San Diego Museum of Art
The San Diego Museum of Art, located in Balboa Park, seeks to expose audiences to the beauty and complexity of great works of art.
The Timken Museum of Art was founded by two families: The Timken family from Canton, Ohio, and the Putnam sisters, Anne and Amy, who lived in San Diego in the early 1900s. Henry Timken was a 19th-century entrepreneur who emigrated from Europe and built his fortune in the machinery industry as an inventor and businessman before retiring in San Diego. The Putnam sisters were members of a wealthy and well-known local family that moved to San Diego at the turn of the 20th century.
Devoted to music and studying philosophy, history, and the Romance languages, the Putnam sisters began visiting galleries and developing relationships with leaders in the American and European art worlds. As a result of substantial inheritances from family members, the sisters pursued their passion for collecting old master works through the late 1930s and 1940s, which they donated anonymously to the San Diego Museum of Art and later loaned to various museums across the country. In 1950, under the guidance of their attorney, the sisters established the nonprofit Putnam Foundation, whose sole purpose was to acquire old master paintings.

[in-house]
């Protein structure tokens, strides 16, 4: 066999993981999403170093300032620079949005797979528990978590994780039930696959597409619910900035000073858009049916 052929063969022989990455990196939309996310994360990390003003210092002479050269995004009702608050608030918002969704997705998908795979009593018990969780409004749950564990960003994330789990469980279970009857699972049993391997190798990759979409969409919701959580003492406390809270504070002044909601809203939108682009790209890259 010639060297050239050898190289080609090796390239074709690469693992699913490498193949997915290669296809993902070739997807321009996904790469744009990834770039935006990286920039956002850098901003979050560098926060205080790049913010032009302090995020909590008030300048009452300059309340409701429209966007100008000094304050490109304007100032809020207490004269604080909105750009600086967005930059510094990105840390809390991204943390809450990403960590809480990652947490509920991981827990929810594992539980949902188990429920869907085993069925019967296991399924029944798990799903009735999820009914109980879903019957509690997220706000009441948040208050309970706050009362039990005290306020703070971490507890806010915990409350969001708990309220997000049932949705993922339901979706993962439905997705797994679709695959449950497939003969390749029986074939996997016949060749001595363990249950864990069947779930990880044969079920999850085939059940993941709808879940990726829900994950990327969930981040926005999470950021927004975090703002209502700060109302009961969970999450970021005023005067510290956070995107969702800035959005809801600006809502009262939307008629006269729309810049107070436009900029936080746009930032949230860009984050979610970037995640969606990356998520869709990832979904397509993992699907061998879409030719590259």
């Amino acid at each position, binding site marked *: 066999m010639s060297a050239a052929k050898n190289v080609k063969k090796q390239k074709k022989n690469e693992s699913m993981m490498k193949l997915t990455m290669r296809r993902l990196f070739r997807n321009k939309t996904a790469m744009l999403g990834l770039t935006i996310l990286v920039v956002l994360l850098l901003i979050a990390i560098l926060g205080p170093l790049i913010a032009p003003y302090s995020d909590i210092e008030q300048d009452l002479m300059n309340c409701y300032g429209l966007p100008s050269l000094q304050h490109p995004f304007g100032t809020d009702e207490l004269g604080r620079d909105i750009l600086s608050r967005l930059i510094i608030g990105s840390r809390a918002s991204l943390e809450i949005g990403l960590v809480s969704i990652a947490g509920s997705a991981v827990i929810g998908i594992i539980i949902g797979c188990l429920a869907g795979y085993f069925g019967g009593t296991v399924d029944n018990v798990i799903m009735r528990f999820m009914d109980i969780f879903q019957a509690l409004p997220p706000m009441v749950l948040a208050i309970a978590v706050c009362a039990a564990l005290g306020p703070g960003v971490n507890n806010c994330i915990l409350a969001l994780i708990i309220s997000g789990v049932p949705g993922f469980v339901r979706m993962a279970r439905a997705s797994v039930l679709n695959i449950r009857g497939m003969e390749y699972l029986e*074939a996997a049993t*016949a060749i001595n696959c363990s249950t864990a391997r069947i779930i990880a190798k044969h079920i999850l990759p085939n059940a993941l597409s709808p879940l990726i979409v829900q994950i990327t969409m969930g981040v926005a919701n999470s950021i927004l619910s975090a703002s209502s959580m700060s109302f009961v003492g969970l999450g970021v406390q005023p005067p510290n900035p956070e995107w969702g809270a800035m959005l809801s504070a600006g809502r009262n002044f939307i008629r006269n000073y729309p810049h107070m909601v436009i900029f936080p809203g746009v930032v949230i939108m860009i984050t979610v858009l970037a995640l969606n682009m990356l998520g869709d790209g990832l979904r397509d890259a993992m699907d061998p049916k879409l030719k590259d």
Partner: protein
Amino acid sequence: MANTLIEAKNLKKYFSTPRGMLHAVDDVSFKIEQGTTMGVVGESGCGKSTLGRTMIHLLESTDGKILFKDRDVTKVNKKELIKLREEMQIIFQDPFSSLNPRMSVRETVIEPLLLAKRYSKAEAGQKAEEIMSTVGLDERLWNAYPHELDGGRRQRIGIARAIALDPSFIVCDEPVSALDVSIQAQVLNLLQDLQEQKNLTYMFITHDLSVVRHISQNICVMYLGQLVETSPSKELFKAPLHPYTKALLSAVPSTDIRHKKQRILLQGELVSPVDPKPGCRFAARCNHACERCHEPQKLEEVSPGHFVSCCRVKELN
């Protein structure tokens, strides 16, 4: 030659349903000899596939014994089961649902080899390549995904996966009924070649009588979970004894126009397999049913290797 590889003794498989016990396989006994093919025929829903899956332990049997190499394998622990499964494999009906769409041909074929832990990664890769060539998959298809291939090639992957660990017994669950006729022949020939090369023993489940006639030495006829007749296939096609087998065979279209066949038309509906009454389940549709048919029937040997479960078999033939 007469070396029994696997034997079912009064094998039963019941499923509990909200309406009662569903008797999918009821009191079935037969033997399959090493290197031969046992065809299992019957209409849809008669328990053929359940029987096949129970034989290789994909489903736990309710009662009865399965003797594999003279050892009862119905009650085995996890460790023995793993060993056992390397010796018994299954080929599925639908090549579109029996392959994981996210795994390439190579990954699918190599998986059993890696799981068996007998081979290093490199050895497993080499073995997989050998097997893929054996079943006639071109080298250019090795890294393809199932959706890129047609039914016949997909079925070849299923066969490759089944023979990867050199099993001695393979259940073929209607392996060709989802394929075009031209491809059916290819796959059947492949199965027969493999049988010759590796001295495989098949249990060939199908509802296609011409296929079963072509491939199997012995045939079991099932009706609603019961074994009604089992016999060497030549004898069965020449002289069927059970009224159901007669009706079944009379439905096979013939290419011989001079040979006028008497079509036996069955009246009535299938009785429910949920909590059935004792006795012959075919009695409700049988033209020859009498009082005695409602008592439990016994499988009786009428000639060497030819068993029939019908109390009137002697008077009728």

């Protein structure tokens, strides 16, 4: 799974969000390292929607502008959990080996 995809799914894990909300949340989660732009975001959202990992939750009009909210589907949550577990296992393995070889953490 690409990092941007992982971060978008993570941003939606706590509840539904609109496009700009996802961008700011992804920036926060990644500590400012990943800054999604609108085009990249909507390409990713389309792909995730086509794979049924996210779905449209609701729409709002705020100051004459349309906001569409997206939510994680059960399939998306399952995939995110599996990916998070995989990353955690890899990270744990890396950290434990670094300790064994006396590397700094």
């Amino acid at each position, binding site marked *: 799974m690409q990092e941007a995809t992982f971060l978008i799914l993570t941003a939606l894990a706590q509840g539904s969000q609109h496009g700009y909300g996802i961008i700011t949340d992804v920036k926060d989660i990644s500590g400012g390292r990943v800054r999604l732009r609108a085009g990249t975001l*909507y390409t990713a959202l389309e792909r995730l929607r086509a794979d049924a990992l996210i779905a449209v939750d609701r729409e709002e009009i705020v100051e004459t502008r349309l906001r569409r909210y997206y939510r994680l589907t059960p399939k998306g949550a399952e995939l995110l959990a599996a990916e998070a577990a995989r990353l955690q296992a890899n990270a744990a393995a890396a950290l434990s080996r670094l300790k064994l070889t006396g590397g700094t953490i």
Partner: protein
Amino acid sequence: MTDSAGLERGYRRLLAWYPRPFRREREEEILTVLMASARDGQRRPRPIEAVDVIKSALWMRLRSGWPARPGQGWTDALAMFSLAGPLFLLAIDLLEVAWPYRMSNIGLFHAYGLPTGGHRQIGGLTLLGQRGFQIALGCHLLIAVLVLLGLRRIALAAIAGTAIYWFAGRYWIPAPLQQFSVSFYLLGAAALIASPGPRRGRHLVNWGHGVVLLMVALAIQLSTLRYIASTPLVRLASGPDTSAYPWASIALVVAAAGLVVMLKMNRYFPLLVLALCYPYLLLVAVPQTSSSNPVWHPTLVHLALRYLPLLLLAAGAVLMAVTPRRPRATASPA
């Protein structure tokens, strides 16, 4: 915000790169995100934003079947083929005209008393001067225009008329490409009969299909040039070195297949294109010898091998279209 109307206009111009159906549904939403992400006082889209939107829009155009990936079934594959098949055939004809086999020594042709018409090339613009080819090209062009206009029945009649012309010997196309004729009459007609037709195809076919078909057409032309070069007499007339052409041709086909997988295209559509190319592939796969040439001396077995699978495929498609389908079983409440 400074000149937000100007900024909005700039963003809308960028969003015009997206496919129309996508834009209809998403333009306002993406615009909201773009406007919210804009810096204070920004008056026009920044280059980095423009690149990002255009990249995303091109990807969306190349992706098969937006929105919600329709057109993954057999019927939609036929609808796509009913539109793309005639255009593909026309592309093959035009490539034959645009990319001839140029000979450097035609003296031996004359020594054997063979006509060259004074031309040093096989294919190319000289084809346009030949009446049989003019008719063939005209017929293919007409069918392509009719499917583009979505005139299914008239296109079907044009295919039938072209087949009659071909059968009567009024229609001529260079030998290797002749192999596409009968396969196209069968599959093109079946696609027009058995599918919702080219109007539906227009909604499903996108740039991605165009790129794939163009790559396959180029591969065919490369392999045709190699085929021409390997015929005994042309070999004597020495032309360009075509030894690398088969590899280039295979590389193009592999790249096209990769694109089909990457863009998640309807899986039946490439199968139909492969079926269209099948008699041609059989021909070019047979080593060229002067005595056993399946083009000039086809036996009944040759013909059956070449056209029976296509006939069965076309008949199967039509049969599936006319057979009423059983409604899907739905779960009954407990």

To secure the Putnam sisters' art for San Diego, the Timken Museum of Art was built with the financial support of the Timken Foundation and opened its doors to the public in 1965. Due to the very generous contributions that the Timken Family made to the cultural life of San Diego, the Institution was named the Timken Art Gallery. The museum currently provides a wide array of programs for students, veterans, senior citizens, and educators to strengthen their knowledge of art history and engage individuals in meaningful activities in the galleries.
General Operating Support